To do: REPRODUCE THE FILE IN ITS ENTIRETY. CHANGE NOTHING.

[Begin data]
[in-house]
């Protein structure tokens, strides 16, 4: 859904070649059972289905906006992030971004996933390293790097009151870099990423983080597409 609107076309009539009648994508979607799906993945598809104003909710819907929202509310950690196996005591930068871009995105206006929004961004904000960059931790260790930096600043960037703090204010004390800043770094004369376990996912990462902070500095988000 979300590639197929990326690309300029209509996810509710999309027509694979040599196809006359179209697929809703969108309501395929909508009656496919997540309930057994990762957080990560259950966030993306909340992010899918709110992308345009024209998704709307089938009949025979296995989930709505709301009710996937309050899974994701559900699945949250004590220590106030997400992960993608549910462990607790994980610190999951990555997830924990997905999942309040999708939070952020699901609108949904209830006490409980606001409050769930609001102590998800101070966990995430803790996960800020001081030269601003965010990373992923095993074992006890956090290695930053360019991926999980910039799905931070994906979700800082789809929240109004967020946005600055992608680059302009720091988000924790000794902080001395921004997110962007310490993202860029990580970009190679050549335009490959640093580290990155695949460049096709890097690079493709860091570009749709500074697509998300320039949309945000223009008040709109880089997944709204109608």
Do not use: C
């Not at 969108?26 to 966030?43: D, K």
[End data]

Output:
[in-house]
């Protein structure tokens, strides 16, 4: 859904070649059972289905906006992030971004996933390293790097009151870099990423983080597409 609107076309009539009648994508979607799906993945598809104003909710819907929202509310950690196996005591930068871009995105206006929004961004904000960059931790260790930096600043960037703090204010004390800043770094004369376990996912990462902070500095988000 979300590639197929990326690309300029209509996810509710999309027509694979040599196809006359179209697929809703969108309501395929909508009656496919997540309930057994990762957080990560259950966030993306909340992010899918709110992308345009024209998704709307089938009949025979296995989930709505709301009710996937309050899974994701559900699945949250004590220590106030997400992960993608549910462990607790994980610190999951990555997830924990997905999942309040999708939070952020699901609108949904209830006490409980606001409050769930609001102590998800101070966990995430803790996960800020001081030269601003965010990373992923095993074992006890956090290695930053360019991926999980910039799905931070994906979700800082789809929240109004967020946005600055992608680059302009720091988000924790000794902080001395921004997110962007310490993202860029990580970009190679050549335009490959640093580290990155695949460049096709890097690079493709860091570009749709500074697509998300320039949309945000223009008040709109880089997944709204109608």
Do not use: C
């Not at 969108?26 to 966030?43: D, K």